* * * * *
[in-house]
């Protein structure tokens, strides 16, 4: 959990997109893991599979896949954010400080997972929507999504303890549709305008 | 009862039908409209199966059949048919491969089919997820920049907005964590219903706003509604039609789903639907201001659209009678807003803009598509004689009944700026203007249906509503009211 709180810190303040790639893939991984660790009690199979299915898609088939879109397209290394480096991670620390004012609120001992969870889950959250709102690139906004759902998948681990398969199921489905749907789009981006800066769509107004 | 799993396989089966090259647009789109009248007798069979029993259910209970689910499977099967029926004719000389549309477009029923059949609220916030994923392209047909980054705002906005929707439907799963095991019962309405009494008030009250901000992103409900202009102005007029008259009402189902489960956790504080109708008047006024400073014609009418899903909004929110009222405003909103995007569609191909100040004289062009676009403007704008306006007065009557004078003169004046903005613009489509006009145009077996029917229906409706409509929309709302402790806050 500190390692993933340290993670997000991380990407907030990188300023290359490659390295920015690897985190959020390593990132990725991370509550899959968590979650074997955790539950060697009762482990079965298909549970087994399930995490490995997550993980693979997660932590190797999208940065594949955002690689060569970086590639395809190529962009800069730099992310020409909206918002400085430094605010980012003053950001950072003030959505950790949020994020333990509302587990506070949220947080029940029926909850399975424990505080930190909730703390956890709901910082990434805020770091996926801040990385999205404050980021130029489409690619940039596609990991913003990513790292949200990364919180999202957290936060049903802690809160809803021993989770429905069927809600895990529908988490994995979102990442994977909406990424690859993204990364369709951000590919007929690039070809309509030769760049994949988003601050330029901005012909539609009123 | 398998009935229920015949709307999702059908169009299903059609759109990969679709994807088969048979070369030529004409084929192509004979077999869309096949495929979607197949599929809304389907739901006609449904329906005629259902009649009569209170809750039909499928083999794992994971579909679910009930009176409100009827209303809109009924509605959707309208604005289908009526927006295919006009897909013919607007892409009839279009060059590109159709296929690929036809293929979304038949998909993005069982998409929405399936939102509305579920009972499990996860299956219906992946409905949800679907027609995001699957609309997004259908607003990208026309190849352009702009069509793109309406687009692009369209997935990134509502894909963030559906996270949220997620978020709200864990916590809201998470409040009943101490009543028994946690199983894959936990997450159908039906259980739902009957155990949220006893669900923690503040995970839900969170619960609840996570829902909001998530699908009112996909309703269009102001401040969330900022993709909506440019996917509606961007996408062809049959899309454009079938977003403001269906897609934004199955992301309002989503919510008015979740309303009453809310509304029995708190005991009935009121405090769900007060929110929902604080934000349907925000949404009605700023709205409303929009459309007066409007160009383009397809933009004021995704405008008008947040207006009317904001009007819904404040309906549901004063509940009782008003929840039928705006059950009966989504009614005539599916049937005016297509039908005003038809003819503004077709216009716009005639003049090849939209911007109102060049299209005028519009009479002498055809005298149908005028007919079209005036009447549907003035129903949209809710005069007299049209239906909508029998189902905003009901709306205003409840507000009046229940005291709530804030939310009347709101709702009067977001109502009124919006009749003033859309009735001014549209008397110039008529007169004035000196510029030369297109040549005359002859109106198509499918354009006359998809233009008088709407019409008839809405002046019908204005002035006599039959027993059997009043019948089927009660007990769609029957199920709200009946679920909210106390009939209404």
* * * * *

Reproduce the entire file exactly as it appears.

[in-house]
């Protein structure tokens, strides 16, 4: 959990997109893991599979896949954010400080997972929507999504303890549709305008 | 009862039908409209199966059949048919491969089919997820920049907005964590219903706003509604039609789903639907201001659209009678807003803009598509004689009944700026203007249906509503009211 709180810190303040790639893939991984660790009690199979299915898609088939879109397209290394480096991670620390004012609120001992969870889950959250709102690139906004759902998948681990398969199921489905749907789009981006800066769509107004 | 799993396989089966090259647009789109009248007798069979029993259910209970689910499977099967029926004719000389549309477009029923059949609220916030994923392209047909980054705002906005929707439907799963095991019962309405009494008030009250901000992103409900202009102005007029008259009402189902489960956790504080109708008047006024400073014609009418899903909004929110009222405003909103995007569609191909100040004289062009676009403007704008306006007065009557004078003169004046903005613009489509006009145009077996029917229906409706409509929309709302402790806050 500190390692993933340290993670997000991380990407907030990188300023290359490659390295920015690897985190959020390593990132990725991370509550899959968590979650074997955790539950060697009762482990079965298909549970087994399930995490490995997550993980693979997660932590190797999208940065594949955002690689060569970086590639395809190529962009800069730099992310020409909206918002400085430094605010980012003053950001950072003030959505950790949020994020333990509302587990506070949220947080029940029926909850399975424990505080930190909730703390956890709901910082990434805020770091996926801040990385999205404050980021130029489409690619940039596609990991913003990513790292949200990364919180999202957290936060049903802690809160809803021993989770429905069927809600895990529908988490994995979102990442994977909406990424690859993204990364369709951000590919007929690039070809309509030769760049994949988003601050330029901005012909539609009123 | 398998009935229920015949709307999702059908169009299903059609759109990969679709994807088969048979070369030529004409084929192509004979077999869309096949495929979607197949599929809304389907739901006609449904329906005629259902009649009569209170809750039909499928083999794992994971579909679910009930009176409100009827209303809109009924509605959707309208604005289908009526927006295919006009897909013919607007892409009839279009060059590109159709296929690929036809293929979304038949998909993005069982998409929405399936939102509305579920009972499990996860299956219906992946409905949800679907027609995001699957609309997004259908607003990208026309190849352009702009069509793109309406687009692009369209997935990134509502894909963030559906996270949220997620978020709200864990916590809201998470409040009943101490009543028994946690199983894959936990997450159908039906259980739902009957155990949220006893669900923690503040995970839900969170619960609840996570829902909001998530699908009112996909309703269009102001401040969330900022993709909506440019996917509606961007996408062809049959899309454009079938977003403001269906897609934004199955992301309002989503919510008015979740309303009453809310509304029995708190005991009935009121405090769900007060929110929902604080934000349907925000949404009605700023709205409303929009459309007066409007160009383009397809933009004021995704405008008008947040207006009317904001009007819904404040309906549901004063509940009782008003929840039928705006059950009966989504009614005539599916049937005016297509039908005003038809003819503004077709216009716009005639003049090849939209911007109102060049299209005028519009009479002498055809005298149908005028007919079209005036009447549907003035129903949209809710005069007299049209239906909508029998189902905003009901709306205003409840507000009046229940005291709530804030939310009347709101709702009067977001109502009124919006009749003033859309009735001014549209008397110039008529007169004035000196510029030369297109040549005359002859109106198509499918354009006359998809233009008088709407019409008839809405002046019908204005002035006599039959027993059997009043019948089927009660007990769609029957199920709200009946679920909210106390009939209404």